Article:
What really struck me when I first walked in the room was how much my dad reminds me of his grandfather now … but Great-Grandpa Markwell was in his 90s when he looked like that. (He lived to be 101 and was lucid until the last three years.) Dad is only 76.
High Cholesterol, No Heart Disease
A friend of my mom’s is also 76, but looks and acts at least 10 years younger. She dropped by one day for a lunch visit, and during the conversation she mentioned that every few years, some doctor will insist she get her coronary arteries checked. The reason? Her cholesterol is over 300. She tries telling the doctors her arteries always check out just fine, but they still insist. Then they look at the lab results, shake their heads, and say, “I just don’t see how this can be true. Your arteries don’t show any blockage at all.” Then they pronounce her genetically gifted.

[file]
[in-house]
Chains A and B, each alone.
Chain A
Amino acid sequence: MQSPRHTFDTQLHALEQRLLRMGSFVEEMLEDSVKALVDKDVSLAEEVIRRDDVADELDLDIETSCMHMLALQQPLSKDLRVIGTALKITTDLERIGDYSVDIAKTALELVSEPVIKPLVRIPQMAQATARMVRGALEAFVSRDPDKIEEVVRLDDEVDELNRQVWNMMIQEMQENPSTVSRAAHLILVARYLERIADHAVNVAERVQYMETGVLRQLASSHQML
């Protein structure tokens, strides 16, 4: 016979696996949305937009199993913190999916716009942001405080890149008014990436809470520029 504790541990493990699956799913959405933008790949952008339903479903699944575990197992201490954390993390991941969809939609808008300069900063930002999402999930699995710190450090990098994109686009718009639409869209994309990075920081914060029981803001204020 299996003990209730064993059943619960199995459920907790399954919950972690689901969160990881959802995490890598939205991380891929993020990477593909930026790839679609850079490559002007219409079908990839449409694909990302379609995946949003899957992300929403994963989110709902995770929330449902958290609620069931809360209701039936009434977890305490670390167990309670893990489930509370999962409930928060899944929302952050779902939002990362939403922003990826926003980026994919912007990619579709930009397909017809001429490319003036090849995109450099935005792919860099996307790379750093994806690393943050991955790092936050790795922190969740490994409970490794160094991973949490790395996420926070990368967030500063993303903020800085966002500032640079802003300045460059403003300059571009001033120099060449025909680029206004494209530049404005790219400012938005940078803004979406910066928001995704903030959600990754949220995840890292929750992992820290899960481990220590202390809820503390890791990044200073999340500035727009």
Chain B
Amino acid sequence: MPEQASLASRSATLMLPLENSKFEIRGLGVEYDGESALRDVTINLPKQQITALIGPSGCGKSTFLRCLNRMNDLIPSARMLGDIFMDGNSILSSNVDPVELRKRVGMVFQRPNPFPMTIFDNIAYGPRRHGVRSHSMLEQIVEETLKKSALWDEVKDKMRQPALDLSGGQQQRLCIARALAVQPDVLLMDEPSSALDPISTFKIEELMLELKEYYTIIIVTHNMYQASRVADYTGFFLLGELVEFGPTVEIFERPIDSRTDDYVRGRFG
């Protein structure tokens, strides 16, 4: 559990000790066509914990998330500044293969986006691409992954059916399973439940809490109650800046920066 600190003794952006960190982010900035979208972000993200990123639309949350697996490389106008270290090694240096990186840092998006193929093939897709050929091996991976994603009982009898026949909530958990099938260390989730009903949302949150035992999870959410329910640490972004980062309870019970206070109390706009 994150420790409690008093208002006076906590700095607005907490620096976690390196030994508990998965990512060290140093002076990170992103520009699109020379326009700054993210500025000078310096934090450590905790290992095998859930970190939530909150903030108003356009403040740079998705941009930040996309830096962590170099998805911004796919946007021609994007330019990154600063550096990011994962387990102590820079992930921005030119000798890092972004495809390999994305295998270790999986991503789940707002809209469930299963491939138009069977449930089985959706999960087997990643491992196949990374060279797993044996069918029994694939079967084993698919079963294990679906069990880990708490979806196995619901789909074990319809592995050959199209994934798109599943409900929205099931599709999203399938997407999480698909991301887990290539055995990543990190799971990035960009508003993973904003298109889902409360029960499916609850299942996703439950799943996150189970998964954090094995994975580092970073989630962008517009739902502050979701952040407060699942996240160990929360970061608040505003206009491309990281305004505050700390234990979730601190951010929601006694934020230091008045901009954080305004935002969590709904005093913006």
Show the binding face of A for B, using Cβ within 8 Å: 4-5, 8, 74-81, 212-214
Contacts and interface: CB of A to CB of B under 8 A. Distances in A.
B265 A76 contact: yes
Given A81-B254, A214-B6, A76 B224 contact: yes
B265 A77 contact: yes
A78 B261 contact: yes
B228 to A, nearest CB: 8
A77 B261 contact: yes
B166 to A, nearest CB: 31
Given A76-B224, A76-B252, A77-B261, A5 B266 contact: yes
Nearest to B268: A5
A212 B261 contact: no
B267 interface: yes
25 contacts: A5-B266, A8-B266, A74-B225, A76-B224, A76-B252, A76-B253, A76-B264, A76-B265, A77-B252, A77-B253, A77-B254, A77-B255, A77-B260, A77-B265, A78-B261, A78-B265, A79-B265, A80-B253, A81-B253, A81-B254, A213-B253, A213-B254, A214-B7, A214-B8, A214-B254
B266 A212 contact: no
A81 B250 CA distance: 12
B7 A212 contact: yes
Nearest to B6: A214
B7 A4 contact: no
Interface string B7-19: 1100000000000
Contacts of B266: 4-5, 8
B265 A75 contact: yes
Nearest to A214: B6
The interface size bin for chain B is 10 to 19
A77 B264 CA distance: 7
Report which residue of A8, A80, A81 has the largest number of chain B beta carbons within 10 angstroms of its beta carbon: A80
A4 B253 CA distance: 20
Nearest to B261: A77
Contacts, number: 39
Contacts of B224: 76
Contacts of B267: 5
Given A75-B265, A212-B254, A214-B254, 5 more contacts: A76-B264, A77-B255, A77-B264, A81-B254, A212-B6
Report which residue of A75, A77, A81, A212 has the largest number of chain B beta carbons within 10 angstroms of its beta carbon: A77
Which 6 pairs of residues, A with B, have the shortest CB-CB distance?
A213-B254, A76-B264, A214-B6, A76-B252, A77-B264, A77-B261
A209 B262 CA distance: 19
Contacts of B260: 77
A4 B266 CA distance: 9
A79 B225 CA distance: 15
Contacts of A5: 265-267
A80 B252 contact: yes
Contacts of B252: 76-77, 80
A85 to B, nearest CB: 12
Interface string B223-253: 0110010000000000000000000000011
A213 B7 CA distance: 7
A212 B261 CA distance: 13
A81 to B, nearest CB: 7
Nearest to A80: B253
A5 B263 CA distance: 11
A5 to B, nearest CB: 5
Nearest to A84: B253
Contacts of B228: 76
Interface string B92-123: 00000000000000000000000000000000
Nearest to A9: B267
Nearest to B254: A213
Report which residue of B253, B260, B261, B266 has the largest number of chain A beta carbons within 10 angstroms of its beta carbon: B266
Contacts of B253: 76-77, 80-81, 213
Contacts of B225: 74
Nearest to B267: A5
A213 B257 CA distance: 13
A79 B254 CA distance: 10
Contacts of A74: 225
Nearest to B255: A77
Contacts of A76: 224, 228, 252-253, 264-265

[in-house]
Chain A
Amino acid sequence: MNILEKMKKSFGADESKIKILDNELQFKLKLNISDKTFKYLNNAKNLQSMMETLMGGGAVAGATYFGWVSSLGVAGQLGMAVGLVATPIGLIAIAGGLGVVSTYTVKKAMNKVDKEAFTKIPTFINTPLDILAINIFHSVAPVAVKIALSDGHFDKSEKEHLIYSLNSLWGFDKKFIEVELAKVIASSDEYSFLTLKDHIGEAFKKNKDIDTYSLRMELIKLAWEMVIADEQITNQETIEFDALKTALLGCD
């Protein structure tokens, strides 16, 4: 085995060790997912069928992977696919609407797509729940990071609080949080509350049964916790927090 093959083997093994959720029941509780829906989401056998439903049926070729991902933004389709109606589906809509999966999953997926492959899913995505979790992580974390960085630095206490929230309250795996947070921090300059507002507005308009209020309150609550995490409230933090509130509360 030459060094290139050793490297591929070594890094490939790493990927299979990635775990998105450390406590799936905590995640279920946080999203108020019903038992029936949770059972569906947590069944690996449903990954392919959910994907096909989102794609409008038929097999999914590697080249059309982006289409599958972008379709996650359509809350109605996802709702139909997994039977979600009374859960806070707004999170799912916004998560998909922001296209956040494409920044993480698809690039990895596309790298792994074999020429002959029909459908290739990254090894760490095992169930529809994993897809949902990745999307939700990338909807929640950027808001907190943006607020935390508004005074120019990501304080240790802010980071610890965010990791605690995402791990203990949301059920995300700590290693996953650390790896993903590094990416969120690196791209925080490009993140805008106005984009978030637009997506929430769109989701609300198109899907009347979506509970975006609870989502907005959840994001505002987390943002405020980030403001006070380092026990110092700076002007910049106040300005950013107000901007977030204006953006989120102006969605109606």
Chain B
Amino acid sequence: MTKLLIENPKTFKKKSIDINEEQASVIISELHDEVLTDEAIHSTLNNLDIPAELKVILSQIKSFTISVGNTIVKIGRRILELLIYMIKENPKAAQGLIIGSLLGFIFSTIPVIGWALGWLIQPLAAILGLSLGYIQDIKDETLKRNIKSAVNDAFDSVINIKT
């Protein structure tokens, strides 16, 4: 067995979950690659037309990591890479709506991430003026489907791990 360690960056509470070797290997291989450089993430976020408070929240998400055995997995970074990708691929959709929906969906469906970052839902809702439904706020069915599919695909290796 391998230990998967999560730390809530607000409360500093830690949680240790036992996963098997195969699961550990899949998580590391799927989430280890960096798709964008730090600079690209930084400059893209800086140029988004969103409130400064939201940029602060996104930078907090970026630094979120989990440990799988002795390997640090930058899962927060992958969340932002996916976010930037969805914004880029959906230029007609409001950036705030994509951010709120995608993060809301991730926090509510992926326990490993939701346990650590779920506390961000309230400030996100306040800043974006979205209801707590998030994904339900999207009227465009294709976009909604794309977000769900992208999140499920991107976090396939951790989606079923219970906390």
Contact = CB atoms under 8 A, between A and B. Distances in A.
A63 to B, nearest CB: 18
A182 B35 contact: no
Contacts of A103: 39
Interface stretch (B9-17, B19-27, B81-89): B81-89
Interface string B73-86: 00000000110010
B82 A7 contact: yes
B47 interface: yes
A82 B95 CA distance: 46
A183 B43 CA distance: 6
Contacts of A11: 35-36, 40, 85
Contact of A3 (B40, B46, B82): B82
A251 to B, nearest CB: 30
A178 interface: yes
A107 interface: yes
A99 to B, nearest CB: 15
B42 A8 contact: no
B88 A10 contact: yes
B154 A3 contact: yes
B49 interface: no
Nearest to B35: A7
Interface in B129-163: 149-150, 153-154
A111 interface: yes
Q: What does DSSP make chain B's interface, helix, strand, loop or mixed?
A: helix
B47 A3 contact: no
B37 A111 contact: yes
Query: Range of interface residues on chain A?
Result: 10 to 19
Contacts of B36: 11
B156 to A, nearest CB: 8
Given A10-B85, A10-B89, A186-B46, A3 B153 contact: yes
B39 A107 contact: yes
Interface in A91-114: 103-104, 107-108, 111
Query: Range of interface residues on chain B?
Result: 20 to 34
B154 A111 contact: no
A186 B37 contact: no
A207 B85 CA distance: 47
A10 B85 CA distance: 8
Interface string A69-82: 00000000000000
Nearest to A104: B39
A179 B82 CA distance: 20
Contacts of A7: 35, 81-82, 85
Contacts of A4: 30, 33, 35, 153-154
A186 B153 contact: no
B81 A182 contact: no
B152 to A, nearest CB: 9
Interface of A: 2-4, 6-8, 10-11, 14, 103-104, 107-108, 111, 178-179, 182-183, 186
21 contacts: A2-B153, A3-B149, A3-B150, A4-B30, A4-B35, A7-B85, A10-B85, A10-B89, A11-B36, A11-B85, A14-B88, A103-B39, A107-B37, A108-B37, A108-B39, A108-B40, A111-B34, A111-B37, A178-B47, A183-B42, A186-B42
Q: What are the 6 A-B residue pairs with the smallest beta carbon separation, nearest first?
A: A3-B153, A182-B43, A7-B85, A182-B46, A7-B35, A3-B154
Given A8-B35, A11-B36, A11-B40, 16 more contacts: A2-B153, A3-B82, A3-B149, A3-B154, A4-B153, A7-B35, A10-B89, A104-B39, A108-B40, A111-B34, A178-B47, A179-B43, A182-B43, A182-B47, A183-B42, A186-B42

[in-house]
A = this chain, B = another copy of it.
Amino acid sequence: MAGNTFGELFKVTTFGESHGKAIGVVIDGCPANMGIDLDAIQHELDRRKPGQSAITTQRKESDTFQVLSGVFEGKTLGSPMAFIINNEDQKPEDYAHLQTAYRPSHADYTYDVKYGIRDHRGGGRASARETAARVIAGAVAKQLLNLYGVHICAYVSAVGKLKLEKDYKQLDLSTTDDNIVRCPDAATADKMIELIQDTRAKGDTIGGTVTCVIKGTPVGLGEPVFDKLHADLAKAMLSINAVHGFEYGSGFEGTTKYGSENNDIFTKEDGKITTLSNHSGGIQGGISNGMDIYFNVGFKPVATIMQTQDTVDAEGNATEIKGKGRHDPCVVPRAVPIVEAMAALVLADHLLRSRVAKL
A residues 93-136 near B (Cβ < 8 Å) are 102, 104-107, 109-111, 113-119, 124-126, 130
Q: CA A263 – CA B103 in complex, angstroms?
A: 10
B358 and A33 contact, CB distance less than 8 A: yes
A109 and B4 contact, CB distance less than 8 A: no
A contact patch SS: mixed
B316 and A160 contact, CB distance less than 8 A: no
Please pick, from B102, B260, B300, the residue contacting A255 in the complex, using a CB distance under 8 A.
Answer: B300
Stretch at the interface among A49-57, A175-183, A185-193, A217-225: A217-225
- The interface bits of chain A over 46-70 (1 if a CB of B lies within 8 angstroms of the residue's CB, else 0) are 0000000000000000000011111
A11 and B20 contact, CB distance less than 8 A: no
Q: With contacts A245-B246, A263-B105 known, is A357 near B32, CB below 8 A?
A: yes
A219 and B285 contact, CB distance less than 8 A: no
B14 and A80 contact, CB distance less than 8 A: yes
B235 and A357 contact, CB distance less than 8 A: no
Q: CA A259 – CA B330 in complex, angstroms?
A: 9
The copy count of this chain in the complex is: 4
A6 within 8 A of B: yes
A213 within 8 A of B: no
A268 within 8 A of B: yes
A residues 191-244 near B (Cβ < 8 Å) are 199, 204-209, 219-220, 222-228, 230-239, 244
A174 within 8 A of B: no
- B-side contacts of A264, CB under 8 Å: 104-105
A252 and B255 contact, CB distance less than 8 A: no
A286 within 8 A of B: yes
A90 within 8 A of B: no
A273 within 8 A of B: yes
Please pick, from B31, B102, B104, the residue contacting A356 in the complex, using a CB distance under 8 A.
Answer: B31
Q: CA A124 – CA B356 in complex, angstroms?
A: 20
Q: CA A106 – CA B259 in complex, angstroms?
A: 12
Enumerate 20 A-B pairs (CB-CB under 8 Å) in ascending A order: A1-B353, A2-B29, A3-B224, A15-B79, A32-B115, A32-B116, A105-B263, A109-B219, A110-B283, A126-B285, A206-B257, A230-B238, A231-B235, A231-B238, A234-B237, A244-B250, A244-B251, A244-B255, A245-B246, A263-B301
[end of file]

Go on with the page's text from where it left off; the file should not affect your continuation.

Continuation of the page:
Home, Sweet Home
We drove home from Chicago two days ago. I still haven’t finished going through all the mail, but I’m getting there. I spent yesterday and today catching up on processing orders for the Fat Head and Big Fat Fiasco DVDs. If you ordered in the last 10 days or so before Christmas, sorry for the delay. We ran out of stock and then left for vacation. All the existing orders have been processed and went into the mail today.
Gary Taubes’ New Book
As you probably know, Gary Taubes recently published a consumer-friendly version of Good Calories, Bad Calories titled Why We Get Fat – And What To Do About It. My copy was in the mail when we arrived home. I’ll write a full review later, but I can already tell you it’s a much easier read than GCBC. This is the one you could probably convince your Aunt Martha to read.
Overeating, But Not Gaining
In Good Calories, Bad Calories, Taubes described experiments in which naturally lean people massively increased their food intake but barely gained any weight. Judging by what I’ve read in online discussion groups and various blogs, quite a few people still insist that overeating must always lead to gaining weight, and also insist that anyone who says otherwise simply doesn’t understand the laws of thermodynamics (thus proving that they don’t actually grasp the laws of thermodynamics themselves).